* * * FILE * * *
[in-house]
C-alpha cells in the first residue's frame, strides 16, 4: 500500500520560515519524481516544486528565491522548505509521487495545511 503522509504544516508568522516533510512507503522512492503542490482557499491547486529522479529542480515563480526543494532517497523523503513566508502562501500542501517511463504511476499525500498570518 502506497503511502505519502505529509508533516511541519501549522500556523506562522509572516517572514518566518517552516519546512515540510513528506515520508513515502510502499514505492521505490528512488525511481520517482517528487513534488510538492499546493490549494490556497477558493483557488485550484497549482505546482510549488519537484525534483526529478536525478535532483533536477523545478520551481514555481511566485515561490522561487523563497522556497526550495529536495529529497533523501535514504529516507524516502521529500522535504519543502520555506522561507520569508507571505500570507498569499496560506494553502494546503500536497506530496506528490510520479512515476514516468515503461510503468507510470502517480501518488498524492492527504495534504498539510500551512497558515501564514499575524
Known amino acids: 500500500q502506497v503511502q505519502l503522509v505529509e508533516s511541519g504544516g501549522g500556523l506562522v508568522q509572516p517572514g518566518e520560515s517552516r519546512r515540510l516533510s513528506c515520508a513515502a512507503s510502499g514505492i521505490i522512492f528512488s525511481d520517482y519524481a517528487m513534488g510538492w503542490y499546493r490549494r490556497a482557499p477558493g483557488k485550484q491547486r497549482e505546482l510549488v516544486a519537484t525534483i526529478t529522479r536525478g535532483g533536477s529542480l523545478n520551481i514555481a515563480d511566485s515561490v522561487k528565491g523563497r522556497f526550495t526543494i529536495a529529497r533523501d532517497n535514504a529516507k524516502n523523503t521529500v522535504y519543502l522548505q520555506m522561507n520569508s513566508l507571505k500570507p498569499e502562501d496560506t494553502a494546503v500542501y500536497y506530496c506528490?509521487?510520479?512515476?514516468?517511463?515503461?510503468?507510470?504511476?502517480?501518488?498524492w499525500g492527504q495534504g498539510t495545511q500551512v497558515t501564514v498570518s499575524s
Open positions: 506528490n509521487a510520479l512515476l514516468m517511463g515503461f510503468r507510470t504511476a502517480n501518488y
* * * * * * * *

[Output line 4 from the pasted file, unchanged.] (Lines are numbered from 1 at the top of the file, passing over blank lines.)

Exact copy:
Open positions: 506528490n509521487a510520479l512515476l514516468m517511463g515503461f510503468r507510470t504511476a502517480n501518488y